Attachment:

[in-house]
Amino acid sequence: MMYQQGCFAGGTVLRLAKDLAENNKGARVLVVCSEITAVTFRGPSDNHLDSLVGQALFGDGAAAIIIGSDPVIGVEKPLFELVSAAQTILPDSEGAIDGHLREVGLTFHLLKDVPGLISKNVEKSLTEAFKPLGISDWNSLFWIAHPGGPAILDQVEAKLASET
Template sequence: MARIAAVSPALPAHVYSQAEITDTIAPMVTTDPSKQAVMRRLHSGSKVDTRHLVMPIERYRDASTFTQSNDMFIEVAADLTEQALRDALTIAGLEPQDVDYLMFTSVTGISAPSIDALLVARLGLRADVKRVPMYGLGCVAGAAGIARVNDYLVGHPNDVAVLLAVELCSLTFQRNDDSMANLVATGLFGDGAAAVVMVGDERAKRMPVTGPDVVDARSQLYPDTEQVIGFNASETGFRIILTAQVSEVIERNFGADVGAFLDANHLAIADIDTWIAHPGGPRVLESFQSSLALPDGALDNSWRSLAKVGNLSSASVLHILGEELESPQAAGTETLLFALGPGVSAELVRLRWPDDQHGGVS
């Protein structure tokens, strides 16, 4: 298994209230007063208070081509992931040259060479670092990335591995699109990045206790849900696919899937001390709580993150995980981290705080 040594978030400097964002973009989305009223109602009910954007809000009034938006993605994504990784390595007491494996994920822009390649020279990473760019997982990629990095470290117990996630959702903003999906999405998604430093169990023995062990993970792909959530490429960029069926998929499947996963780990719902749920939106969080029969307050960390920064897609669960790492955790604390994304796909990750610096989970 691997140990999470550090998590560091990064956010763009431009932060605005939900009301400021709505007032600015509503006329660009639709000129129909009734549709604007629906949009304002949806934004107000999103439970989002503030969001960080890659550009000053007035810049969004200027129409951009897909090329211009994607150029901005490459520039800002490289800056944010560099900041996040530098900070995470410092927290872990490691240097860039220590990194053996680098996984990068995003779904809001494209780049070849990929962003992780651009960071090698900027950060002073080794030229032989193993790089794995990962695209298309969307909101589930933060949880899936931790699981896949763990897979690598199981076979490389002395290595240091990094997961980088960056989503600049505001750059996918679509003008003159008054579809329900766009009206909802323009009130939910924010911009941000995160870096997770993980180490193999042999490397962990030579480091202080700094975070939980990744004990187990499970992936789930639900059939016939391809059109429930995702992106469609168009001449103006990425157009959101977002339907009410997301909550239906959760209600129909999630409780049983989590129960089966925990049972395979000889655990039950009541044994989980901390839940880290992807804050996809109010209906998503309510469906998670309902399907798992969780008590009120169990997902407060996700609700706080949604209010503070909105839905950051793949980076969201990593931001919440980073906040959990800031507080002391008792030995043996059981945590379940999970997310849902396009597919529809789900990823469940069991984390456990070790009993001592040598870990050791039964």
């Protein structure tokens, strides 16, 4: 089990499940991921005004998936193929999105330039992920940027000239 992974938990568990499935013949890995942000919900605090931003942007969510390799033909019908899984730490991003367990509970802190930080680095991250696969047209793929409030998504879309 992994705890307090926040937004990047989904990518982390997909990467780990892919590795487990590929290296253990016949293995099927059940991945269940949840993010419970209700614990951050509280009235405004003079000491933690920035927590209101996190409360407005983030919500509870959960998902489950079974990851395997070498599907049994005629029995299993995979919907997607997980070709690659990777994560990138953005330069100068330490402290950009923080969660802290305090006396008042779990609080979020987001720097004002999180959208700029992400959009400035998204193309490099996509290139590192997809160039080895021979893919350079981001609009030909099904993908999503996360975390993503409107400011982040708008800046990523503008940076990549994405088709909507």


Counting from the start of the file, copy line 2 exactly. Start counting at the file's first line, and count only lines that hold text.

Amino acid sequence: MMYQQGCFAGGTVLRLAKDLAENNKGARVLVVCSEITAVTFRGPSDNHLDSLVGQALFGDGAAAIIIGSDPVIGVEKPLFELVSAAQTILPDSEGAIDGHLREVGLTFHLLKDVPGLISKNVEKSLTEAFKPLGISDWNSLFWIAHPGGPAILDQVEAKLASET